Convergence or Collision? A.I. and Content Marketing, Part 2

Content Marketing History

A (Mostly) Painless History of Content Marketing

As we mentioned in Part 1, the invention of the printing press in 1439 may have paved the way for content marketing, but it has a much longer history worth examining.

But first - what is content marketing? According to the Content Marketing Institute:

Content marketing is a strategic marketing approach focused on creating and distributing valuable, relevant, and consistent content to attract and retain a clearly defined audience — and, ultimately, to drive profitable customer action.

Used properly, it’s an effective way to show your audience that you have something to offer that sets you apart from competition; whether to educate or sell, content shapes your brand and provides reassurance or ratification for your audience’s belief you’re offering something worthwhile.

The major goals of content marketing can be boiled down to a few key bullets:

  • Attracting attention and generating leads: Here, “attention” is an umbrella term for some easily measured KPIs, such as number of visitors to a page, amount of time spent on a page, click-through across pages/photos, and number of emails collected.
  • Expanding your customer base: Broadening your customer base often means diversifying it, which can be measured by tracking audience demographics using information such as source of traffic (SEO, referral, social), online behavior and buying habits.
  • Generating or increasing online sales: Traditional metrics such as click-through rates, re-engagement and time spent on a page are key here.
  • Increasing brand awareness or credibility: Online, this largely pertains to social media campaigns. Brand Influence, for instance, refers to the number of times a post is shared on different platforms. This is also demonstrated through number of emails, click-through rates and volume of visitors.
  • Engage an online community of users: Generally this is measured by indicators such as shares, likes, and retweets. For instance, trend spotting on platforms such as Twitter can influence consumers and impact brand awareness.

Origins

Where did content marketing begin? The exact origins are difficult to pin down. As a much debated topic, expert opinions vary, but some of the most popular include:

  • 4200 B.C. cave paintings: who can argue with the marketing appeal of 6 Ways a Spear Can Save You From a Wild Boar? 
  • The invention of the Gutenberg printing press: This allowed for mass printing, creating pamphlets and other portable marketing materials that allowed greater dissemination of “content.”
  • The Internet: Mass online communication was the most pervasive democratization of content imaginable, allowing the spread of marketing like never before.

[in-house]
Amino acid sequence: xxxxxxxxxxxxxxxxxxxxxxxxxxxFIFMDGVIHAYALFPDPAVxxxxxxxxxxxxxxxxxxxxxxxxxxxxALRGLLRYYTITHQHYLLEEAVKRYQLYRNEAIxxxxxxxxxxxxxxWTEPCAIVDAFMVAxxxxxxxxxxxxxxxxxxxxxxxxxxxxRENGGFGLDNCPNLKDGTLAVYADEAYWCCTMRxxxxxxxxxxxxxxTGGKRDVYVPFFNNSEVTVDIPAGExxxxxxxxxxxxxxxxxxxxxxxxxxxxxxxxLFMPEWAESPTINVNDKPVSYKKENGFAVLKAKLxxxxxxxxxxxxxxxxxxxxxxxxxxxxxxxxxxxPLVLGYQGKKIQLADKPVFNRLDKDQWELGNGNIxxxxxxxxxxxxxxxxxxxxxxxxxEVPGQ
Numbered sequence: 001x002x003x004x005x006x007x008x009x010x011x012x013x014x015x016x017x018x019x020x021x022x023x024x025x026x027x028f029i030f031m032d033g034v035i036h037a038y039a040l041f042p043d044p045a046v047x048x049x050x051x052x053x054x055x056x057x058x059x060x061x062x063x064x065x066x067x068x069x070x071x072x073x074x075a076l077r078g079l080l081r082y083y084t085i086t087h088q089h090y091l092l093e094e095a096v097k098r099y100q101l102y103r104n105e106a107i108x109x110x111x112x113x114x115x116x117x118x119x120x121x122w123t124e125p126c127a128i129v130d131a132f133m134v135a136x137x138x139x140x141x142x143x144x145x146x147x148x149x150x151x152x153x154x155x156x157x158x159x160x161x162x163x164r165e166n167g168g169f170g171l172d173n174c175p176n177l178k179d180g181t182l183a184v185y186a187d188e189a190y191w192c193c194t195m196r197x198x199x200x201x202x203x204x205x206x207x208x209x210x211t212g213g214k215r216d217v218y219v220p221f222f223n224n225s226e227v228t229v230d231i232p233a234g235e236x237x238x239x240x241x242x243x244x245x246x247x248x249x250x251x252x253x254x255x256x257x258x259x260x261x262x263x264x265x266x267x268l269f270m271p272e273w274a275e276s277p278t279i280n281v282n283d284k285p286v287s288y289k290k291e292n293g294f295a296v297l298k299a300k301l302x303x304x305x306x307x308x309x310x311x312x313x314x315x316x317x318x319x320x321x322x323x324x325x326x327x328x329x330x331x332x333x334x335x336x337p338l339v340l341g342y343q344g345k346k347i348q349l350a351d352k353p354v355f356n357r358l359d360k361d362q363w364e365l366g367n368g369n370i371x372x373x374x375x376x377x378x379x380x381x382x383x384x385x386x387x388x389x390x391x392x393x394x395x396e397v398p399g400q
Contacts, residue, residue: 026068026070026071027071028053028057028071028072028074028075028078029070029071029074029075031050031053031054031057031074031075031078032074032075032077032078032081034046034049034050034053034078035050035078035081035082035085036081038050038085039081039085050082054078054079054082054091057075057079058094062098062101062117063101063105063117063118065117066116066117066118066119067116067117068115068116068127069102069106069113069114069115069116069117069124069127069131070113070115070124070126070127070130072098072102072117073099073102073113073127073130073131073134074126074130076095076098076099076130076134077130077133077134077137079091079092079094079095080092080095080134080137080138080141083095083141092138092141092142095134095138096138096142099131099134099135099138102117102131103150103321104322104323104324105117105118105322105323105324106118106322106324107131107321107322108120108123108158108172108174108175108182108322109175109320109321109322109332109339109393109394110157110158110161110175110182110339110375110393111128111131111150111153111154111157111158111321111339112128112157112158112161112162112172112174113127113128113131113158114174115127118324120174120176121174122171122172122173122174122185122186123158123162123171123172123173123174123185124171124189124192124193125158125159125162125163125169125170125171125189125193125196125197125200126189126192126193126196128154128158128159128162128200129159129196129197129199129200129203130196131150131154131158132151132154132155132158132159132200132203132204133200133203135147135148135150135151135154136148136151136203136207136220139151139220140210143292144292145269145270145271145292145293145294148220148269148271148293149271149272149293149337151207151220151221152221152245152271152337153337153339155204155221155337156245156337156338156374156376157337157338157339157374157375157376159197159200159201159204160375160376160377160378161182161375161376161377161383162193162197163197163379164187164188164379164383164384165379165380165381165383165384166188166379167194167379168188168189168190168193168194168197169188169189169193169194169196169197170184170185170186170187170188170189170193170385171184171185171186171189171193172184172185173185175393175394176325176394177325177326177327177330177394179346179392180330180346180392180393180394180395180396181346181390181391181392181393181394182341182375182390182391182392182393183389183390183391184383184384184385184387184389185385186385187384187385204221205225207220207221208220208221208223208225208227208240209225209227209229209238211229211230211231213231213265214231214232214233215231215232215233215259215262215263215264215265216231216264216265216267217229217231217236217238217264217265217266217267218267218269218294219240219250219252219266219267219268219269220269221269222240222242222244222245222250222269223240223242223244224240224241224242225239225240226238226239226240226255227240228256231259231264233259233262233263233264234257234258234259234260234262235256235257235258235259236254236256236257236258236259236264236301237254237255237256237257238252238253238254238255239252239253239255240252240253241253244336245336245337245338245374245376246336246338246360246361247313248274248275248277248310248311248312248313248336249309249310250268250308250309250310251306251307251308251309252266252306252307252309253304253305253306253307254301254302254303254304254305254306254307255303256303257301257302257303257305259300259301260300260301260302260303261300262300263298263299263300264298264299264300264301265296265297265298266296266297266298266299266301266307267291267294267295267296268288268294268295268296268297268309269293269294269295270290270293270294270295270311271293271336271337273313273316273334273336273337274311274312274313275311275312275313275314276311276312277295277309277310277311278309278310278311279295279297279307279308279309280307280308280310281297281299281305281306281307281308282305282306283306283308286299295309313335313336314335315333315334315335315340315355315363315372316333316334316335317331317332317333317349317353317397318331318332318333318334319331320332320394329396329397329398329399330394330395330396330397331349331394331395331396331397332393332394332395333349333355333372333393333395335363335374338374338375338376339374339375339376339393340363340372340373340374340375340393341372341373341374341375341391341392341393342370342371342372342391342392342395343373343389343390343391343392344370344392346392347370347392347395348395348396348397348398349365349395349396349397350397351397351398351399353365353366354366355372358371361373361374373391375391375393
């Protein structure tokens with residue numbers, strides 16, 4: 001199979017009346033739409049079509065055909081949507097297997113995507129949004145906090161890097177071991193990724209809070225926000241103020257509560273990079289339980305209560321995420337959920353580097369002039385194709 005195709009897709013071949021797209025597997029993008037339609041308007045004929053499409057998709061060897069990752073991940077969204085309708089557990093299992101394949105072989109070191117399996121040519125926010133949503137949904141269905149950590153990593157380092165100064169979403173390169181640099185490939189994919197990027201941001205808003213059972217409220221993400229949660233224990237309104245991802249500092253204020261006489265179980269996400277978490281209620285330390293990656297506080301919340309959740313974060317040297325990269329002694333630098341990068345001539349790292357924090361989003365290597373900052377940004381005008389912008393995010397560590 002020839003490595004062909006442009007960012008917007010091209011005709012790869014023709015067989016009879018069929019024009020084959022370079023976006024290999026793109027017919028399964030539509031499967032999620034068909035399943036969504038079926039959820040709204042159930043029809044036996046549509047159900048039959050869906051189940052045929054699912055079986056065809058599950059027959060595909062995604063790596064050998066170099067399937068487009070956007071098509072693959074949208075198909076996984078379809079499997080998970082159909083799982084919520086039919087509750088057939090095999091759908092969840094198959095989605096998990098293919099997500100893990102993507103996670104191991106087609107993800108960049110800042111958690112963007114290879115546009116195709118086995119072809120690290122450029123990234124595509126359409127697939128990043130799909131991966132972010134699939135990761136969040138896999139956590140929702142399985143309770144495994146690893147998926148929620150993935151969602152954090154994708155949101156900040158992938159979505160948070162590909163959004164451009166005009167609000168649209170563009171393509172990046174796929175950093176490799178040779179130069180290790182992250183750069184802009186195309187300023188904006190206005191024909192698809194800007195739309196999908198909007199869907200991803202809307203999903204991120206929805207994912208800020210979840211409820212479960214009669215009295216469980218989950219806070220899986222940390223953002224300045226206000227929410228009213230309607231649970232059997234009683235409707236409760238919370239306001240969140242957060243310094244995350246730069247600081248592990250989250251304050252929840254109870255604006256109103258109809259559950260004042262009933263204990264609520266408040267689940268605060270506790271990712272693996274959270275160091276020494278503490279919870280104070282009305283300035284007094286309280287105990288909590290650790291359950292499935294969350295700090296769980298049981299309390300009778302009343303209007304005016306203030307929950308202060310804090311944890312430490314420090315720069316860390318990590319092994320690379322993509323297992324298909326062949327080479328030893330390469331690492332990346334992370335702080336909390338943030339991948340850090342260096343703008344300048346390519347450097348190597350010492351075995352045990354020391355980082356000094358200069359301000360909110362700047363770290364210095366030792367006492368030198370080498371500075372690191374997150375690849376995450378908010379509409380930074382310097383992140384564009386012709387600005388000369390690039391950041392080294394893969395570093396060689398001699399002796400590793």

Historical examples

While there are numerous examples of content marketing through the ages, these signify some of the more noteworthy moments in history:

  • In 1732, Benjamin Franklin published the first annual Poor Richard’s Almanack with the aim of promoting his printing business.
  • In 1882, the Edison Electric Lighting Company Bulletin advertised the benefits of electric lighting. 
  • In 1888, Johnson & Johnson launched Modern Methods of Antiseptic Wound Treatment, a publication aimed to address the needs of doctors to whom the company sold bandages. Johnson & Johnson also launched two publications that shared helpful articles with the medical community. This was an early example of educational content marketing.
  • In 1895, John Deere launched its customer magazine The Furrow. Today it has a circulation of 1.5 million in 40 countries and 12 languages. 
  • In 1900, the Michelin brothers produced the first Michelin guide for French motorists. Hoping to increase the demand for cars - and thus, car tires - they distributed nearly 35,000 free guides. These guides expanded to other countries shortly thereafter, and chefs today strive for these coveted stars. 
  • In 2000, American author Seth Godin inspired a new content format by introducing the idea of the ‘free ebook’. He released “Unleashing the Ideavirus” to the public, which has been downloaded over a million times to date. 
  • In 2006, Blendtec introduced their viral “Will It Blend?” videos to Youtube. Showcasing the appeal of unique, fun content, over 875,000 subscribers have since watched them blend Rubik cubes, silly putty, and iPhones. 
  • In 2008, P&G launched Beingagirl.com. This content site specifically tailored to teen girls proved to be 4 times more effective than traditional advertising by Forrester. 

Stages of development, 1880s-1890s: